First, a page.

Jefferson School African American Heritage Center’s Charlottesville Players Guild was revived due to a desire of Black artists to tell their stories, to have a place to be their true and authentic selves, to grow as artists. We are committed to doing all of that work, no matter how painful it may be. It is an endeavor that takes time, talent and treasure to make happen.
Doing theatre is hard. There are so many things that the regular audience member doesn’t think about when they come to see a performance, that must be attended to. The list seems to be never-ending. This is true for any type of live performance. Beyond rehearsal, there is set, props, lights, costumes, promotion, venue, time away from family, personalities, tough conversations and then you have the pressures of real life entering into that artistic space every single minute. Black theater has a whole host of added pressures that no one thinks about. The pressures of being Black in Amerikkka inevitably leaks into every endeavor we choose to be a part of. That includes artistic ones and it should.
Theatre is only successful when we bring those everyday experiences to it and let that feed the work to make it real. Using those experiences to enhance the work we do is what can truly make our experiences real to an audience member no matter their culture or experience. It is through connection to the plight of a character that we can see ourselves in people who do not look like us. This is how we begin to learn to empathize. For Black theatre, this is especially important as our experience is oftentimes misunderstood, misrepresented, lied about or even changed to create a narrative more palatable to the larger audience.
Black people are forever battling to make their voices heard and their experiences valid. It has been our lot since the Civil War on a major scale, and long before that on the plantations, reservations and within the minds of anyone not Black. When a Black artist undertakes a project, there are considerations that most other artists don’t have to consider. If you’re doing a project in which a character is battling mental illness, it forces you to look at the ways Black people’s trauma has been disproportionately dealt with. It may bring up things for you, realizing that you have trauma not previously realized. If you’re interacting with a character that was raped, you could lose yourself in the facts about how often Black women are raped and no one is brought to justice. How Black women are the least likely to report. If that is also part of your life experience, it can re-traumatize you. If you are stepping into a Black space for the first time after spending your entire career as an artist having to defend yourself constantly from white colleagues who don’t understand your view and will never try to, it can mean that you see attack where there is none. It can result in you traumatizing yourself because you are so ready to defend against an attack that you become paralyzed and unable to move forward with the task at hand.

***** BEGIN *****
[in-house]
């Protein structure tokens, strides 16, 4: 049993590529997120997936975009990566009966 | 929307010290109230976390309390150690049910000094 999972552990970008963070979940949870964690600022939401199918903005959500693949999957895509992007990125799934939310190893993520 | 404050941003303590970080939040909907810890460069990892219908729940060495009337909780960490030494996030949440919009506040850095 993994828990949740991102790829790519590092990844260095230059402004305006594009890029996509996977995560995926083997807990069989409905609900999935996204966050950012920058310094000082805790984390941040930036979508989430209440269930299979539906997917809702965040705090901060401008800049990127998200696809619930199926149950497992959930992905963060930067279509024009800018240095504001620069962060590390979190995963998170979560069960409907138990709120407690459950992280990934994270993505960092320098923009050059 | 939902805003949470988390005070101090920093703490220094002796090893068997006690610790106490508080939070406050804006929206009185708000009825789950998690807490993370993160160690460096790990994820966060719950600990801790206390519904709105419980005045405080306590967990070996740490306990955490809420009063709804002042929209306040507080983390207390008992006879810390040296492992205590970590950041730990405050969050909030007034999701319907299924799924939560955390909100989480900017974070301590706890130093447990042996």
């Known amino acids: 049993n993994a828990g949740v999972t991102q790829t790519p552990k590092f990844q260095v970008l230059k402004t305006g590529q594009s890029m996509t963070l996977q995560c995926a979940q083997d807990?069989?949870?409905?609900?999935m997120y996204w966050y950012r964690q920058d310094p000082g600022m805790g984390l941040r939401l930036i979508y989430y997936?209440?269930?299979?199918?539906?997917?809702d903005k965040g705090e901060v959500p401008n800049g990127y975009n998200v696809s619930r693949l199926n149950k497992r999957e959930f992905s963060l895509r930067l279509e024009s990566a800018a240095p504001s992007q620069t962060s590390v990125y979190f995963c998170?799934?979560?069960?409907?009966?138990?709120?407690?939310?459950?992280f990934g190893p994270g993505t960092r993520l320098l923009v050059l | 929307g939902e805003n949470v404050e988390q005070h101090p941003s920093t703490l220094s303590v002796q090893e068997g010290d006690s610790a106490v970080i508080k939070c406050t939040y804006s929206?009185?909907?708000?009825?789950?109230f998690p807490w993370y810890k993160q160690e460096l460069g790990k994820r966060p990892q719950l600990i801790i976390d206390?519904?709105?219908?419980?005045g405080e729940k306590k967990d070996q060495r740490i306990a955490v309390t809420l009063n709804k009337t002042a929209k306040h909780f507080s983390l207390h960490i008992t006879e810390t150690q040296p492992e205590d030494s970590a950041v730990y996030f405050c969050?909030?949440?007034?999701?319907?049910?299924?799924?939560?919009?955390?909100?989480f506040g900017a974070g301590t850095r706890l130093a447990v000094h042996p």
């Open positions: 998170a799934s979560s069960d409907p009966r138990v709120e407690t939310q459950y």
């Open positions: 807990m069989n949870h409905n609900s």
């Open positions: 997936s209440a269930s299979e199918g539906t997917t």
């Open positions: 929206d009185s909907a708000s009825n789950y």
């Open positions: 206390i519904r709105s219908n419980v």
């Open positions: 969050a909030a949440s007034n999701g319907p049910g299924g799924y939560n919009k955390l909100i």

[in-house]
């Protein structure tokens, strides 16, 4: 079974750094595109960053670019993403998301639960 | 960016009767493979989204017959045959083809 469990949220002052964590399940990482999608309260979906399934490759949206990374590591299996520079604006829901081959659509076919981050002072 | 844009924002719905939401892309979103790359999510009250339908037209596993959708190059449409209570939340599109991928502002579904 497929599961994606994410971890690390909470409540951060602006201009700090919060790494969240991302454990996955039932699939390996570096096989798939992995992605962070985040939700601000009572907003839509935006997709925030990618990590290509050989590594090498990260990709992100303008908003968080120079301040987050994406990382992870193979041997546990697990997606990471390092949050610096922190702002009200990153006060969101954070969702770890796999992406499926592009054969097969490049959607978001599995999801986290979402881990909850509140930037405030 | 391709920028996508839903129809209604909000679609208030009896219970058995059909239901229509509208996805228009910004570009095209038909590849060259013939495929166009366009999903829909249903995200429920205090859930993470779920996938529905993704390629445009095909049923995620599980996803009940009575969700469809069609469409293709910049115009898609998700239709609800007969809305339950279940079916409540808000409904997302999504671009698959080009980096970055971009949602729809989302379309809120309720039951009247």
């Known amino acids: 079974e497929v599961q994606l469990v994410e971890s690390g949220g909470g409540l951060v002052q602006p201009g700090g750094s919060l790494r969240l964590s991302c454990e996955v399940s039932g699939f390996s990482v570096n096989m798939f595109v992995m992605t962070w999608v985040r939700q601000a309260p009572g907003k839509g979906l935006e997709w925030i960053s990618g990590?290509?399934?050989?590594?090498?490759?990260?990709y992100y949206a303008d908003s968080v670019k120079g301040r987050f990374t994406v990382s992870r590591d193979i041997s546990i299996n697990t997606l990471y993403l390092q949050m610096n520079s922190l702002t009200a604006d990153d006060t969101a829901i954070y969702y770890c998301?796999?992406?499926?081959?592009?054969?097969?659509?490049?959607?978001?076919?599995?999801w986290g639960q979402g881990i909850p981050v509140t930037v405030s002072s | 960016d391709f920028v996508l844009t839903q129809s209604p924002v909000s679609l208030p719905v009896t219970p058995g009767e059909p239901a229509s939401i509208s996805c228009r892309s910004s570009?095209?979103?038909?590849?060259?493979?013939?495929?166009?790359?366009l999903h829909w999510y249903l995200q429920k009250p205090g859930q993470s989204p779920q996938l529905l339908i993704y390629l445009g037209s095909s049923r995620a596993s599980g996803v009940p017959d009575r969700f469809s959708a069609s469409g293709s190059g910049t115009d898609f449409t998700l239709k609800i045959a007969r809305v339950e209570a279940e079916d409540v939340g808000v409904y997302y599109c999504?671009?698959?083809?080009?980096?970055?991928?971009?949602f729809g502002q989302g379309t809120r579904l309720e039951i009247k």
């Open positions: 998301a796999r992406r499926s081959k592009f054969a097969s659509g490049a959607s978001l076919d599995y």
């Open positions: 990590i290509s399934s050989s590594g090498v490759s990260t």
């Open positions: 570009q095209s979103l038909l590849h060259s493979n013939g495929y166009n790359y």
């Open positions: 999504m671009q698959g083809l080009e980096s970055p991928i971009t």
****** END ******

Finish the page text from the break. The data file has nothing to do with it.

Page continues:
Being in a Black space doesn’t mean that we still won’t have to deal with someone being anti-Black either. The way we have been taught to think about ourselves, within a white supremacist cishet focused society, can initiate actions that belittle or block other Black folk from growth and agency. Black folk have a saying, “All skin folk ain’t kinfolk.” Any of us can fall prey to it, without realizing we are feeding into a stereotype or allowing an anti-Black situation to continue.
So I’m going to amend my earlier statement. Doing theatre is hard, but doing Black theatre can break you. It can literally put you in a position to believe you should not be an artist. It can make you question why you do things in the first place because it’s obvious that no one is listening, no one cares and all the hard work and emotional heavy lifting you had to do simply to show up is futile. This society spends almost every minute of every day telling Black people that they are not good enough, smart enough, capable enough, trustworthy enough, talented enough. Black theatre aims to dispel all of those posits and pose other thoughts in their place. It aims to say to a society that devalues or exploits Black skin that not only did we create the basis for everything you enjoy in your life, but we have been the only sect of culture in the world that has continually survived the repeated attempts at spiritual, intellectual, financial and physical genocide. As Maya Angelou said it, “….and still like dust, we rise.”
Why am I talking about this? What’s the point? The importance of this conversation is rooted in the lack of agency Black people feel in their everyday lives to speak their truth, to tell their story, to say, “Something isn’t right.” As Black folk, we are taught to handle our problems on our own. We are taught to rely on ourselves because no one is going to help us and more to the point no one cares about your feelings. Even inside a Black space, it’s hard to let go of that attitude. It’s hard to point out that another Black person is being anti-Black. It’s a relearning that takes a long time and that some of us may never achieve because this society isn’t set up recognize the issue. Inside a Black space, we give each other the benefit of the doubt, because we inherently know the struggles we all deal with outside that door. This also brings to light the importance of supporting one another. We must show up for our own in ways we don’t for anyone else if we are to survive and thrive in a society that has told us time and time again that they have no place for us. That means with your dollar, your voice, your presence, your praise, your thoughts and prayers. We have to start valuing us before anyone else. Or no one will value us at all.
If you believe in the mission and can offer any of those to our mission, we are grateful. We will follow Ms. Angelou’s advice. And with your help, we will rise.